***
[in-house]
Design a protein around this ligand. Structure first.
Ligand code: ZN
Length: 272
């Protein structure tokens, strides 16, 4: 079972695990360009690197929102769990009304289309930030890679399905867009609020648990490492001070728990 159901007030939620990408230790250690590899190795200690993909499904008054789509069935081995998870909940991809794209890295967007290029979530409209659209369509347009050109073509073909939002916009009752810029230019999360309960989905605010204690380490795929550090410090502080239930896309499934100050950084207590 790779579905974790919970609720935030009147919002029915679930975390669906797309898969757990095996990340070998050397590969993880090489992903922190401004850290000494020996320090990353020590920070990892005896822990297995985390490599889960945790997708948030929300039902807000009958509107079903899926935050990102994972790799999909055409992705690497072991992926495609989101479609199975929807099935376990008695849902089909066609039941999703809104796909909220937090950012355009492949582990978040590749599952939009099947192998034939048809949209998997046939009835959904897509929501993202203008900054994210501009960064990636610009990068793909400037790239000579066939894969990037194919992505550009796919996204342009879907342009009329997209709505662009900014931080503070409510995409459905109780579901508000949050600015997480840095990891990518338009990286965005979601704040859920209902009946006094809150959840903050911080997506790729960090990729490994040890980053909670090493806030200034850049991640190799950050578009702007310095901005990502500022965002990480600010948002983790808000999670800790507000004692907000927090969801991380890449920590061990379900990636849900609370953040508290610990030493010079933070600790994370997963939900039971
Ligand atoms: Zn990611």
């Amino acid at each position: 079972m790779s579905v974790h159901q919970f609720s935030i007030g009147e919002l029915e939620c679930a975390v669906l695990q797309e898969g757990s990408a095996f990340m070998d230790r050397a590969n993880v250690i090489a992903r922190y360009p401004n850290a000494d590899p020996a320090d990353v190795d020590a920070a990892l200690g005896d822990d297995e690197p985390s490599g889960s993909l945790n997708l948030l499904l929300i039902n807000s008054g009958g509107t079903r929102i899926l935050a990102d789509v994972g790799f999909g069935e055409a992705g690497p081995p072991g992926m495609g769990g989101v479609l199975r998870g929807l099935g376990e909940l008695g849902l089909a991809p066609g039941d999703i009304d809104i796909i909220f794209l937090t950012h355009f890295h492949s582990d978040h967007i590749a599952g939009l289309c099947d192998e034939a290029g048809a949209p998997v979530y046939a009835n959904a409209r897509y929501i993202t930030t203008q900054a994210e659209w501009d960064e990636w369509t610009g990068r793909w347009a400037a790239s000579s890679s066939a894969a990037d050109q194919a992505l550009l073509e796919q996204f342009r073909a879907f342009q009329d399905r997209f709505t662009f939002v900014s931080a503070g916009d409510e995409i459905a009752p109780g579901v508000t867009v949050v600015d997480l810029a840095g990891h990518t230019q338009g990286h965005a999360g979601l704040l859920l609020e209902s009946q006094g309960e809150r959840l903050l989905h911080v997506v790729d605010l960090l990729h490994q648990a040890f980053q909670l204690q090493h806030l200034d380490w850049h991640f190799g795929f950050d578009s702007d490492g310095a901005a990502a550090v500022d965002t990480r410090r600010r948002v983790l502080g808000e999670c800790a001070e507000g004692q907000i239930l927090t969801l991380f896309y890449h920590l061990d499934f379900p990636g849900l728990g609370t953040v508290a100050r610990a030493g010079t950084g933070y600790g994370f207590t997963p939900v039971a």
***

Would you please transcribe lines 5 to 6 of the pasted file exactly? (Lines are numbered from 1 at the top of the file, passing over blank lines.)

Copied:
């Protein structure tokens, strides 16, 4: 079972695990360009690197929102769990009304289309930030890679399905867009609020648990490492001070728990 159901007030939620990408230790250690590899190795200690993909499904008054789509069935081995998870909940991809794209890295967007290029979530409209659209369509347009050109073509073909939002916009009752810029230019999360309960989905605010204690380490795929550090410090502080239930896309499934100050950084207590 790779579905974790919970609720935030009147919002029915679930975390669906797309898969757990095996990340070998050397590969993880090489992903922190401004850290000494020996320090990353020590920070990892005896822990297995985390490599889960945790997708948030929300039902807000009958509107079903899926935050990102994972790799999909055409992705690497072991992926495609989101479609199975929807099935376990008695849902089909066609039941999703809104796909909220937090950012355009492949582990978040590749599952939009099947192998034939048809949209998997046939009835959904897509929501993202203008900054994210501009960064990636610009990068793909400037790239000579066939894969990037194919992505550009796919996204342009879907342009009329997209709505662009900014931080503070409510995409459905109780579901508000949050600015997480840095990891990518338009990286965005979601704040859920209902009946006094809150959840903050911080997506790729960090990729490994040890980053909670090493806030200034850049991640190799950050578009702007310095901005990502500022965002990480600010948002983790808000999670800790507000004692907000927090969801991380890449920590061990379900990636849900609370953040508290610990030493010079933070600790994370997963939900039971
Ligand atoms: Zn990611």